Despite the rhetoric, it will be mid-March, St Patrick's Day, at Albert Park in Melbourne when we get the first hint of whether the new rules actually work or not, with further clues in Bahrain and China.
F1 technical boss Ross Brawn insists that the aero rules being introduced for next season will improve the racing by dint of making following the car ahead a little easier, thereby opening up the possibility of overtaking.
"We saw in Brazil that when the performance level of two cars are more or less the same, overtaking is almost impossible," said the Briton. "That raises the question as to how to make it easier to make a move on the car in front.
"During 2018, we have made significant progress in defining next year's technical regulations," her continued, "especially regarding the key area that is the front wing and in the last few weeks, we have worked out the fine details. Our simulation work, and from what the teams with which we have worked closely on this tell us, the effects are tangible, even though we are well aware that the real proof will only come next March.
"The changes introduced are a first important step, but not necessarily an exhaustive one," he adds, by way of a caveat, "towards defining the new technical and sporting regulations that will shape the long-term future of Formula 1. It's a foretaste of what we are defining for 2021 and we are pleased with what we have already achieved for 2019, but clearly we have high hopes, even in the short term.
"This year, Formula 1 has produced some really exciting racing, I'm thinking immediately of Baku, Shanghai, Silverstone and Mexico City and there is every sign that there will be more of the same next year."
"It was a significant step backwards," said Force India's Otmar Szafnauer, when asked in Mexico to compare the difference to this year's aero rules having tried a prototype 2019 front wing in the post-Hungary GP teat. "We've got aggressive targets, I don't know if we will be able to hit them. We're trying to predict the future as to what we can find, but yeah, it was a massive step back for us."
"The same for us," added Toro Rosso's Franz Tost. "I discussed it with the people in the wind tunnel and as it looks currently they do not believe that overtaking will become much easier, which means there is less dirty air behind the car. Therefore I'm not sure that this regulation change will end up where we expect - that overtaking will become much easier. I think that at the beginning of next season the teams will have reached a similar level on downforce as nowadays."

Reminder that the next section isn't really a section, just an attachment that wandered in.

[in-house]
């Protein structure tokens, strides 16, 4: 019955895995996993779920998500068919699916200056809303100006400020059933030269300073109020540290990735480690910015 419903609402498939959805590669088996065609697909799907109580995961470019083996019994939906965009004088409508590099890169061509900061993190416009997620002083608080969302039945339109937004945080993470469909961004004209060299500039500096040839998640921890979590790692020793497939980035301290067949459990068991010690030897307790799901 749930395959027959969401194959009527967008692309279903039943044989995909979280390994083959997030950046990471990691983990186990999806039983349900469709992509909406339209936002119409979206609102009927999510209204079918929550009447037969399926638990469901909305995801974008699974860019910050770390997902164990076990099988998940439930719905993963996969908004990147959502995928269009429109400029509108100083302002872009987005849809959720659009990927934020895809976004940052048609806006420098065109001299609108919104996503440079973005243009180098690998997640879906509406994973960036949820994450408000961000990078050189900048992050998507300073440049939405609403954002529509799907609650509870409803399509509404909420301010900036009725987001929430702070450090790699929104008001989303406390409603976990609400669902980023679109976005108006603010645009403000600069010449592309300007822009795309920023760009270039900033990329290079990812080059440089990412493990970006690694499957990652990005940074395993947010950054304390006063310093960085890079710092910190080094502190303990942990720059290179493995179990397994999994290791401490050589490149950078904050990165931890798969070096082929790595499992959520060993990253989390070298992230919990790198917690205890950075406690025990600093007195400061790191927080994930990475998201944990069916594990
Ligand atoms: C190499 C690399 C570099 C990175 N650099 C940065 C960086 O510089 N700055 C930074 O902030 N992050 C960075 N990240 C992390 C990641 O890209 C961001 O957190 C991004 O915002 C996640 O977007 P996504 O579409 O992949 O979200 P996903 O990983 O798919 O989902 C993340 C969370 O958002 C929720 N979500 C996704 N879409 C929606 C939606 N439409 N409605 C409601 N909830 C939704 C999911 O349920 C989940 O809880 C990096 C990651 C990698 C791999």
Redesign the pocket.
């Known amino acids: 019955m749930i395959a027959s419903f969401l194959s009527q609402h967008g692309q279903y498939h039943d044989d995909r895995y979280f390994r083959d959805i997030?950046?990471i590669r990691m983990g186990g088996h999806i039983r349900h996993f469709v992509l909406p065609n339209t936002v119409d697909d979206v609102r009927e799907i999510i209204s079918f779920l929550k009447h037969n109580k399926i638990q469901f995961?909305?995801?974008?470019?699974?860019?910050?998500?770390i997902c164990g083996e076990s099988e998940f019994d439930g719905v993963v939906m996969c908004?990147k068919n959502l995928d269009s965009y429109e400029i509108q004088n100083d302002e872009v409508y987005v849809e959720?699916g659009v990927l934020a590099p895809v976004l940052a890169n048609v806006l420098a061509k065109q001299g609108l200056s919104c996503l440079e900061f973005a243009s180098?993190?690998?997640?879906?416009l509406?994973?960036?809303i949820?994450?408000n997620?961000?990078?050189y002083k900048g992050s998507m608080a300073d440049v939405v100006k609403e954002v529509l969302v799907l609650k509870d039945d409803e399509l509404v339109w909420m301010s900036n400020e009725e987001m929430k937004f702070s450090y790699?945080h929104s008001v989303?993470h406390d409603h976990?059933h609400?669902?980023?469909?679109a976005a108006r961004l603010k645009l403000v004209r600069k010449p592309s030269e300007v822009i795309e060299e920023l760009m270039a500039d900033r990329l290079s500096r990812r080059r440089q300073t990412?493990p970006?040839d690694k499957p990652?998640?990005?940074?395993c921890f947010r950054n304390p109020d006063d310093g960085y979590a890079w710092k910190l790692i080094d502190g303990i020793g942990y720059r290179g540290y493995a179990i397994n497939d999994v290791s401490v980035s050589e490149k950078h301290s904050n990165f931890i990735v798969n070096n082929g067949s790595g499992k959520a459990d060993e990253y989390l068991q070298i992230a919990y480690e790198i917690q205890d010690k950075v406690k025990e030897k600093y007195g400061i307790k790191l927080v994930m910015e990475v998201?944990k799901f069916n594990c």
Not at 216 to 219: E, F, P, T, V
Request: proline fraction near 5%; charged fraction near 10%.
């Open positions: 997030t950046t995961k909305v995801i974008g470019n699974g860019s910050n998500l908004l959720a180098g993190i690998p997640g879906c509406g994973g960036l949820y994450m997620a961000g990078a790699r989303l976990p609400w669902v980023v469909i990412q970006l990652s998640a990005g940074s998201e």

In Brazil, the mood was pretty similar.
"I think the concept that the FIA have put forward to try and improve the wake to the following car is the right thing," said Renault's Nick Chester. "Obviously in one year you couldn't do all of the changes that are planned eventually for 2021.
"From what we've seen so far I think it'll make a small difference," he admitted. "It'll go in the right direction, so the following will be a little bit improved - but we're probably going to have to wait until 2021 to see what the full package can deliver."
"On the face of it, it is going in the right direction," said Jock Clear. "I think we're all a little bit tentative about exactly what it's going to look like and that is the fact of the matter.
"We're going to have to wait until next year to actually see what the implications are - because of course ten teams will come up with ten solutions, some of which we won't even have thought about and then that may well move the goalposts slightly.
"I think we are attacking the right areas," he admitted. "We are looking at the fact that close racing doesn't necessarily mean everybody can overtake easily - but it does mean that cars can follow each-other and they can pressure each other - and I think that's the thing we're targeting. Just allowing cars to maybe be close battling in the future."
"I think Nik Tombazis summed it up quite well..." said Rob Smedley. "I read an article last week and I think he said you'll never get a Formula One car - which is essentially an aerodynamic formula - following like a touring car. It just won't happen. Physics won't allow that to happen. So you have to accept that cars are difficult to follow - especially with this generation of cars and the amount of downforce that they generate.
"So, it will be a little bit better, it will go in the right direction but we'll all iterate to solutions to get us back to where we are in about six months."